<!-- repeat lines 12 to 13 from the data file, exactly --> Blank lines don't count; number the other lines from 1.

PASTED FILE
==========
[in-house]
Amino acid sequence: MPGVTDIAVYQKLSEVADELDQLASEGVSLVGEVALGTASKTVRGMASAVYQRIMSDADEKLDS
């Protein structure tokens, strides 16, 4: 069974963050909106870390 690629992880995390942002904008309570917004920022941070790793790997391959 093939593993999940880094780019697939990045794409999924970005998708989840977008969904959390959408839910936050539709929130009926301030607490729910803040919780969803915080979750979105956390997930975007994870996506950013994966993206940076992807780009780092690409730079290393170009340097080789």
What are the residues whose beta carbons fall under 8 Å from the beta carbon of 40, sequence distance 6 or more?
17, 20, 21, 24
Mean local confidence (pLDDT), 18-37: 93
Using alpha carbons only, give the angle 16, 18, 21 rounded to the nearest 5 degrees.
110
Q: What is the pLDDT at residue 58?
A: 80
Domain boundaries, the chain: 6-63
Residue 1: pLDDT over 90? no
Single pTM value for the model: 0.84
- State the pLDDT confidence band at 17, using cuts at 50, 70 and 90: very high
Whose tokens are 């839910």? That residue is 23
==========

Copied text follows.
Residue 1: pLDDT over 90? no
Single pTM value for the model: 0.84